People often call our office and say they have been charged with Domestic Violence. When we hear that, we always ask what the exact charges are because in Pennsylvania “Domestic Violence” is not an actual charge. It is a label that is applied to other offenses which can make the punishment more serious. The typical offenses that are charged in a “domestic violence” incident are Harassment, Simple Assault, Aggravated Assault, Reckless Endangerment, Strangulation, and Unlawful Restraint. What makes them domestic violence related is when these crimes occur where the victim is a spouse, boyfriend, girlfriend, domestic partner, child, or family member of the person accused of these crimes.
A charge labeled as domestic violence related is treated differently and more harshly by the law. The harsher treatment starts at the investigation stage. When a police officer investigates a crime and it is determined to be domestic violence related and they see any physical signs of injuries the police officer may and usually do take the defendant into custody. For example, if a person calls the police and says their husband hit them and they have a bruise or scratch, then the police officer most likely will take the defendant into custody right away and file charges before an in-depth Investigation is completed.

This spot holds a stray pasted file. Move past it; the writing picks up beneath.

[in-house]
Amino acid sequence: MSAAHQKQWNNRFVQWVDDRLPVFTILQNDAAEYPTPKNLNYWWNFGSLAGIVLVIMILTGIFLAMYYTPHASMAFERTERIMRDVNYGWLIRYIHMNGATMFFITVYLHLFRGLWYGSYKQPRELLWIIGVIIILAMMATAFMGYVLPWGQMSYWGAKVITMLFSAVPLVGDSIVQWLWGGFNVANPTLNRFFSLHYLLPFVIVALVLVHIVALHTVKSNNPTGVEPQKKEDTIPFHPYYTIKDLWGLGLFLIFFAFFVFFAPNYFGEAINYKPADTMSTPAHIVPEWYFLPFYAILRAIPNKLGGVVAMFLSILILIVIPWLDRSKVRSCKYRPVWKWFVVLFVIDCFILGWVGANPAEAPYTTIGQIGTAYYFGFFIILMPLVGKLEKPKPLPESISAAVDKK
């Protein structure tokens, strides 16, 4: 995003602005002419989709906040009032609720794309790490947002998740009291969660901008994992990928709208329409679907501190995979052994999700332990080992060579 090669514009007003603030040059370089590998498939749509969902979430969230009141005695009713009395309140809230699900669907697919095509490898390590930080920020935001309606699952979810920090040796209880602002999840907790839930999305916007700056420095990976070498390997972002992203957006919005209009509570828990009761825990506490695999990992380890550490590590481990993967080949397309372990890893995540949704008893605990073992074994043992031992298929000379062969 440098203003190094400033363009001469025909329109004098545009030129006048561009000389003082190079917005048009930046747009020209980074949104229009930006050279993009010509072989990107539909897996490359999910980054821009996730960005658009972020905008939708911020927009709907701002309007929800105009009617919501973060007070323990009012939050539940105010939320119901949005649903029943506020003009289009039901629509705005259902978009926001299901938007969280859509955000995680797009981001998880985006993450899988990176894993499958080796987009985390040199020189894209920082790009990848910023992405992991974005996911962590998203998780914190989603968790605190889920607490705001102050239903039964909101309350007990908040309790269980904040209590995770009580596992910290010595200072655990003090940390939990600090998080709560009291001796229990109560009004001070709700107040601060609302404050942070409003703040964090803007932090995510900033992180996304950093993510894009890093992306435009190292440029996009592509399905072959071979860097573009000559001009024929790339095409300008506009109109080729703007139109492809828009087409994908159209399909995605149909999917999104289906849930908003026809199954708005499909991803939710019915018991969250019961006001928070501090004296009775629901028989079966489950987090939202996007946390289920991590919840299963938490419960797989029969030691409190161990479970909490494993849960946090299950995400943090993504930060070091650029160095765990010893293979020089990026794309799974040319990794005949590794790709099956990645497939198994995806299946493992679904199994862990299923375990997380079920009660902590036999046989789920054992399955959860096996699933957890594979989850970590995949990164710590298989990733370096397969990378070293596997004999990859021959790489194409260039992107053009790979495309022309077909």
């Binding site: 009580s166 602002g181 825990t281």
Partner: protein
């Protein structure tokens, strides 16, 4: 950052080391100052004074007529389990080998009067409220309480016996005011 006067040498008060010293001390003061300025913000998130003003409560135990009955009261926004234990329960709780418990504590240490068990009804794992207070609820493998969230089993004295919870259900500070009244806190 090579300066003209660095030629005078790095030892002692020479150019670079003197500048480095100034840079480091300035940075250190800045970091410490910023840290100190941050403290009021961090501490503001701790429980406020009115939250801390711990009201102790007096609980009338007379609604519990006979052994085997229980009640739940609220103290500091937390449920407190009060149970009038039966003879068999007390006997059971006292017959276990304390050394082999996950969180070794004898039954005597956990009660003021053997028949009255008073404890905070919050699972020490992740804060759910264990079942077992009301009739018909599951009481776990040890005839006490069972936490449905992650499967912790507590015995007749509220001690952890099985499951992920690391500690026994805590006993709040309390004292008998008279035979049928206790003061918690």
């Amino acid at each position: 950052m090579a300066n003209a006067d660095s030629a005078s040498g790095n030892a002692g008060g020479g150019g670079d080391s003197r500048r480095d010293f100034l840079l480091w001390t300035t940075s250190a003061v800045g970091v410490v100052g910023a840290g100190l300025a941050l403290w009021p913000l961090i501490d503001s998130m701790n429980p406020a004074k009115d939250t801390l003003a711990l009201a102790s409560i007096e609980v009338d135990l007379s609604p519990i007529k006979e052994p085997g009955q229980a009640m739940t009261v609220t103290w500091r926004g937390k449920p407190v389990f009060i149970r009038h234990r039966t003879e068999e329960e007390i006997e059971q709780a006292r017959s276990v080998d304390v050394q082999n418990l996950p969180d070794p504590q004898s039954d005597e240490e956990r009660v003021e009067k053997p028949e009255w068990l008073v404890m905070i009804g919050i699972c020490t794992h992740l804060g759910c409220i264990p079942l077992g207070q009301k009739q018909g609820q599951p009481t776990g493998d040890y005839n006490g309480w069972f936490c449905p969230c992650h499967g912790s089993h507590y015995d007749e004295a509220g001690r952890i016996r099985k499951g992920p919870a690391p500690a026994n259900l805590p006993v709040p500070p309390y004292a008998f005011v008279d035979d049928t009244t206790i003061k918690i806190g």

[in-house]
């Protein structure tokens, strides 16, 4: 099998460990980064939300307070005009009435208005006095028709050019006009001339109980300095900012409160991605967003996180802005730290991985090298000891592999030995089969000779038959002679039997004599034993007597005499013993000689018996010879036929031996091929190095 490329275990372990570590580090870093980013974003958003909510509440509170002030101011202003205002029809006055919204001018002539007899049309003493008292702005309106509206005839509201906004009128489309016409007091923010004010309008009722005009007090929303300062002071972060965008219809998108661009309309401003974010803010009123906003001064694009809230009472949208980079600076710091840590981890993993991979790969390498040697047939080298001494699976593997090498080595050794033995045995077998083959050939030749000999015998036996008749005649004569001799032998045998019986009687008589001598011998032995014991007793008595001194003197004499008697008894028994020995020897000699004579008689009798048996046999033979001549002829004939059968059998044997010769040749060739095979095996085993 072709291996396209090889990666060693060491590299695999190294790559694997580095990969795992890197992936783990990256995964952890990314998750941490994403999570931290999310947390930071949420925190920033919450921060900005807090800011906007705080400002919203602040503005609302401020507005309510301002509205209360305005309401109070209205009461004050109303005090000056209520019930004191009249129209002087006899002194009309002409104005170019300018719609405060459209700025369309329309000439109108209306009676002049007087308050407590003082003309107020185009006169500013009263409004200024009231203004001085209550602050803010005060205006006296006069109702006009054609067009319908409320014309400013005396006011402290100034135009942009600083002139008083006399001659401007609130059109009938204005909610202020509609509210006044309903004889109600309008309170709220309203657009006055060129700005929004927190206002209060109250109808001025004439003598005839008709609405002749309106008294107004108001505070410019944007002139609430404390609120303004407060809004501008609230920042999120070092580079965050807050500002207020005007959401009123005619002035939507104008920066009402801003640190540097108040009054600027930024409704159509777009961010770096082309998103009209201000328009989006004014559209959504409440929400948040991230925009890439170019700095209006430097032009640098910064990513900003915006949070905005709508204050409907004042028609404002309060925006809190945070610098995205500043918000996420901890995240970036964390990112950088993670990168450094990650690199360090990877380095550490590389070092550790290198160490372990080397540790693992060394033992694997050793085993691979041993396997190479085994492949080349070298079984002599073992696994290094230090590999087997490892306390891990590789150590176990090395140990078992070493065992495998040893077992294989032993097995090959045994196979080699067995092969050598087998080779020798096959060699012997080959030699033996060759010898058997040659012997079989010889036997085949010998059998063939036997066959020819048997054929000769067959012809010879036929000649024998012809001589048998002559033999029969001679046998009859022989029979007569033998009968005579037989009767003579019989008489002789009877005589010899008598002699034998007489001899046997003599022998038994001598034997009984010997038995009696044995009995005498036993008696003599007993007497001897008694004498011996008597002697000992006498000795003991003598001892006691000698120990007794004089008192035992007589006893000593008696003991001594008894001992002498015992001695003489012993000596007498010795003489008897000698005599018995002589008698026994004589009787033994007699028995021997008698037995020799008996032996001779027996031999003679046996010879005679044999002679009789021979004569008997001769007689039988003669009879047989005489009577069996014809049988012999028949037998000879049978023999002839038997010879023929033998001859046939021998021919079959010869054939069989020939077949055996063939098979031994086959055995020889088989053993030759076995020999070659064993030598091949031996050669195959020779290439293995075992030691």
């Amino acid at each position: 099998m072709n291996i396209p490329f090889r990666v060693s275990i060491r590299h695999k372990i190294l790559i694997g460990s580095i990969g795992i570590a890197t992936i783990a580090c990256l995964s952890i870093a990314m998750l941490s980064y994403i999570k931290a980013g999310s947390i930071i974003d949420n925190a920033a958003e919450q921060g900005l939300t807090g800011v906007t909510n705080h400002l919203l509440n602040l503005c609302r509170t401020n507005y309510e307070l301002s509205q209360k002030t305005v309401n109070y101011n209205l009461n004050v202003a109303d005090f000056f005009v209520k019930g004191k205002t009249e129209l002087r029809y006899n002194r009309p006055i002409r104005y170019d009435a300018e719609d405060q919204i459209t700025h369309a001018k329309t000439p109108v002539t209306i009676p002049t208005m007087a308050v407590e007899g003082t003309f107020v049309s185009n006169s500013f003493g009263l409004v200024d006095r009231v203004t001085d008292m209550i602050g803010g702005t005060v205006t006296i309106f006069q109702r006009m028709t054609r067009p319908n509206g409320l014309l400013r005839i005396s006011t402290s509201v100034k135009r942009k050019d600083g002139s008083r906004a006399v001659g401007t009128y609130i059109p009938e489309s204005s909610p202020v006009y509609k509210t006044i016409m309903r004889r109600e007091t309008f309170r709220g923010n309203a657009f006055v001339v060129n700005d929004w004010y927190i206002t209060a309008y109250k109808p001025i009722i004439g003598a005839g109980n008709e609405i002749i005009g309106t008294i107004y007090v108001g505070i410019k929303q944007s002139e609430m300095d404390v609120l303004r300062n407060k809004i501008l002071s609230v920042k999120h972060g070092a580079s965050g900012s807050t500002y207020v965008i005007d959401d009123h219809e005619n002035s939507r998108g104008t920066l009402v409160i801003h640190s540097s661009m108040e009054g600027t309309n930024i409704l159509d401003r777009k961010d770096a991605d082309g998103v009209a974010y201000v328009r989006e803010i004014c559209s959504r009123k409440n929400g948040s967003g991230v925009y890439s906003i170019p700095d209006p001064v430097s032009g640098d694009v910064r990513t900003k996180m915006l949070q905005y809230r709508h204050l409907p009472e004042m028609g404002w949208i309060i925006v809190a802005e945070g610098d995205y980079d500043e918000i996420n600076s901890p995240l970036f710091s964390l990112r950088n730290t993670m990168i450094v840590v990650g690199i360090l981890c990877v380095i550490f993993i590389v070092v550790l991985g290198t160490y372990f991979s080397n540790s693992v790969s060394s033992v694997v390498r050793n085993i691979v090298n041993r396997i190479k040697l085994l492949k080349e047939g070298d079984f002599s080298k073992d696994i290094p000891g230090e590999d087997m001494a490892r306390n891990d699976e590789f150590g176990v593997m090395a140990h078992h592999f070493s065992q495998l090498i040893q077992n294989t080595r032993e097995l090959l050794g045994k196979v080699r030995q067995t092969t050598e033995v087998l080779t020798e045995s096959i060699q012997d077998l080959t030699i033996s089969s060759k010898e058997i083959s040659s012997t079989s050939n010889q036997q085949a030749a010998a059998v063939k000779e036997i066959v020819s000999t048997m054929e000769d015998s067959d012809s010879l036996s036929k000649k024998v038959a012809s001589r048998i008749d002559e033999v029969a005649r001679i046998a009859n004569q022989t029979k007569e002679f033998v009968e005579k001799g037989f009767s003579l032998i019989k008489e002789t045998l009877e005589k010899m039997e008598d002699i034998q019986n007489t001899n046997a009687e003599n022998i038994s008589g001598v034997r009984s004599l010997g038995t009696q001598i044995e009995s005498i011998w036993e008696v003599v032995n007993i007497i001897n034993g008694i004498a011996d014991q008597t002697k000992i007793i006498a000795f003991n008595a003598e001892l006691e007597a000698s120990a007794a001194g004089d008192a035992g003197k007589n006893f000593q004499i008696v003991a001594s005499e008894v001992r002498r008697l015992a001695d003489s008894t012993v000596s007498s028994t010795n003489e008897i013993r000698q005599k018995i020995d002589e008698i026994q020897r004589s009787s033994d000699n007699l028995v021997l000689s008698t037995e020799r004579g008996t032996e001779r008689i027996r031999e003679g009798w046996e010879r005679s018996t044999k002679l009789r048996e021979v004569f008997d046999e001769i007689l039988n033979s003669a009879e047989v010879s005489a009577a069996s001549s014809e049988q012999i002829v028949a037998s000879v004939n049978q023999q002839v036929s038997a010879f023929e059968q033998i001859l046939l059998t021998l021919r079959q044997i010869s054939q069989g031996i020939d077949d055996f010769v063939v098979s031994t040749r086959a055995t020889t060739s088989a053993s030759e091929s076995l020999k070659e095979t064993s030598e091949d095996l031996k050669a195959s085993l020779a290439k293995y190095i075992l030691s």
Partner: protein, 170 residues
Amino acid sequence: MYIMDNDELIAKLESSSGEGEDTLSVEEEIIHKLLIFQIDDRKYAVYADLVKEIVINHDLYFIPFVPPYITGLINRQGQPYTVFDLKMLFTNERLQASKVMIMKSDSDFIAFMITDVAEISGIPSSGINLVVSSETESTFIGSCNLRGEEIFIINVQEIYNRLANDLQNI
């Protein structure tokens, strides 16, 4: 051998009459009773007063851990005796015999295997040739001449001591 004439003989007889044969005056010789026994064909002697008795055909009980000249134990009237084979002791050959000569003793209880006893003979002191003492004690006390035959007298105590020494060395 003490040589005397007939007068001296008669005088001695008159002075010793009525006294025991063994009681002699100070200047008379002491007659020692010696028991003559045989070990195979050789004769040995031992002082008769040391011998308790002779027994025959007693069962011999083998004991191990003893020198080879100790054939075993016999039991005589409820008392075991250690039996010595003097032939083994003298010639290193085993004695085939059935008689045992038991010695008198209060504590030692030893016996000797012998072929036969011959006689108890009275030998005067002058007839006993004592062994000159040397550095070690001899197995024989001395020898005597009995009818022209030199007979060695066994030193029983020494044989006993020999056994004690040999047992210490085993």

If you are charged with crimes that are designated as “domestic violence” the Magisterial District Judge who sets bail in your case can add conditions of bail preventing you from contacting your alleged victim or even preventing you from entering any residence the alleged victim lives in, even if you pay for that residence. For example, if a husband accused of assaulting his wife and they own a house together, a bail condition will likely be that the husband can’t go back to his own house.
If you are ultimately convicted of a domestic violence related offense you can be sentencing to a period of probation up through a state prison sentence depending on the offense you are convicted of. You will also be required to participate in domestic violence related counseling. Failure to complete that counseling can be the basis for a revocation of your supervision. There are also collateral consequences if you are convicted of a domestic violence related offense. If a person is convicted of domestic violence, they lose their right to possess a firearm forever. It could even cost a person their professional license or security clearance.